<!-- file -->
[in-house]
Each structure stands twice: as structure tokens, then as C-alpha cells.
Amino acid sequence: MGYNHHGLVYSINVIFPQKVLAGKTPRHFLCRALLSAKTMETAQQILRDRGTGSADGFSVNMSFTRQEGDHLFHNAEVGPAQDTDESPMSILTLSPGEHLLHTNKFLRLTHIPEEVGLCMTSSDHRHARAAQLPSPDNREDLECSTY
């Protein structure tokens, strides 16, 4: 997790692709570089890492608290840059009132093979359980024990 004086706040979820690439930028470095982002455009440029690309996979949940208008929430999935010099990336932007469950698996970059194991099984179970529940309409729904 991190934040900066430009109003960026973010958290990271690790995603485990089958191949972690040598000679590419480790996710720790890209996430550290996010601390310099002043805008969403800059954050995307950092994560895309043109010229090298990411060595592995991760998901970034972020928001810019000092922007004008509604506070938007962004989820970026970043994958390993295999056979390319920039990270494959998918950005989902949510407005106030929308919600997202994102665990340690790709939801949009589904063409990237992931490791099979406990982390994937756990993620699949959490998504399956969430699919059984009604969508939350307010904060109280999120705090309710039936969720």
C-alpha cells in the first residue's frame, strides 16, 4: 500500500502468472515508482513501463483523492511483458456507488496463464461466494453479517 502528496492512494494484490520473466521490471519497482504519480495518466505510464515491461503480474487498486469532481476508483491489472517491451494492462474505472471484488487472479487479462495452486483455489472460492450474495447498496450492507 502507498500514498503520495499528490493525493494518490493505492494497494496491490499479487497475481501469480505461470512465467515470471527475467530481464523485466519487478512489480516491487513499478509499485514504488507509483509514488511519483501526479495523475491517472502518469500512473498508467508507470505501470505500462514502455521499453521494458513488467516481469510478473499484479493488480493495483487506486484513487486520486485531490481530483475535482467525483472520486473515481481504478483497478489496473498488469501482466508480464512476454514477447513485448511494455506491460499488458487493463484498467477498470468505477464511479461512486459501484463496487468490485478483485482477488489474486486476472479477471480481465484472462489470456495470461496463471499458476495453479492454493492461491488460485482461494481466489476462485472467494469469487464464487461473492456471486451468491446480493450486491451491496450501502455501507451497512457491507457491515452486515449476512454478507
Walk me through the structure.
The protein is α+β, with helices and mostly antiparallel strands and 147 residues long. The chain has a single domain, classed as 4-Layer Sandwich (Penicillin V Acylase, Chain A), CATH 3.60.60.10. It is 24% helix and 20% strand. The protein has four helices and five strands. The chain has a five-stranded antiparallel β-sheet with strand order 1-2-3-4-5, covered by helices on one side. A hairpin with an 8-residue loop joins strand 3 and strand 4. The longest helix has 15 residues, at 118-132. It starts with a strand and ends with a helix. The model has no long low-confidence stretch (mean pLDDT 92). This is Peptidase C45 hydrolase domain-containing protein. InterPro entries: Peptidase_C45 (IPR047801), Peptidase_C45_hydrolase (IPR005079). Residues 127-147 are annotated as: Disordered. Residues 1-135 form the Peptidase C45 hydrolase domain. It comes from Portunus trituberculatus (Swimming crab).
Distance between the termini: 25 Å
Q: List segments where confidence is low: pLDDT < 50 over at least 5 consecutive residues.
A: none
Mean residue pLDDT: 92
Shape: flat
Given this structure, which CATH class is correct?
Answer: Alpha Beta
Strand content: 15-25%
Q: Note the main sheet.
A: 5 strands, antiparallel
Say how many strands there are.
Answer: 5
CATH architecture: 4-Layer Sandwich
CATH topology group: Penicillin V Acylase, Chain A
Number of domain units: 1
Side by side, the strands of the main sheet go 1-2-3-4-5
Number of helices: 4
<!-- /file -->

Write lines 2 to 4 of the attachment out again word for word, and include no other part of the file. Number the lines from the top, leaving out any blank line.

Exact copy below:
Each structure stands twice: as structure tokens, then as C-alpha cells.
Amino acid sequence: MGYNHHGLVYSINVIFPQKVLAGKTPRHFLCRALLSAKTMETAQQILRDRGTGSADGFSVNMSFTRQEGDHLFHNAEVGPAQDTDESPMSILTLSPGEHLLHTNKFLRLTHIPEEVGLCMTSSDHRHARAAQLPSPDNREDLECSTY
């Protein structure tokens, strides 16, 4: 997790692709570089890492608290840059009132093979359980024990 004086706040979820690439930028470095982002455009440029690309996979949940208008929430999935010099990336932007469950698996970059194991099984179970529940309409729904 991190934040900066430009109003960026973010958290990271690790995603485990089958191949972690040598000679590419480790996710720790890209996430550290996010601390310099002043805008969403800059954050995307950092994560895309043109010229090298990411060595592995991760998901970034972020928001810019000092922007004008509604506070938007962004989820970026970043994958390993295999056979390319920039990270494959998918950005989902949510407005106030929308919600997202994102665990340690790709939801949009589904063409990237992931490791099979406990982390994937756990993620699949959490998504399956969430699919059984009604969508939350307010904060109280999120705090309710039936969720």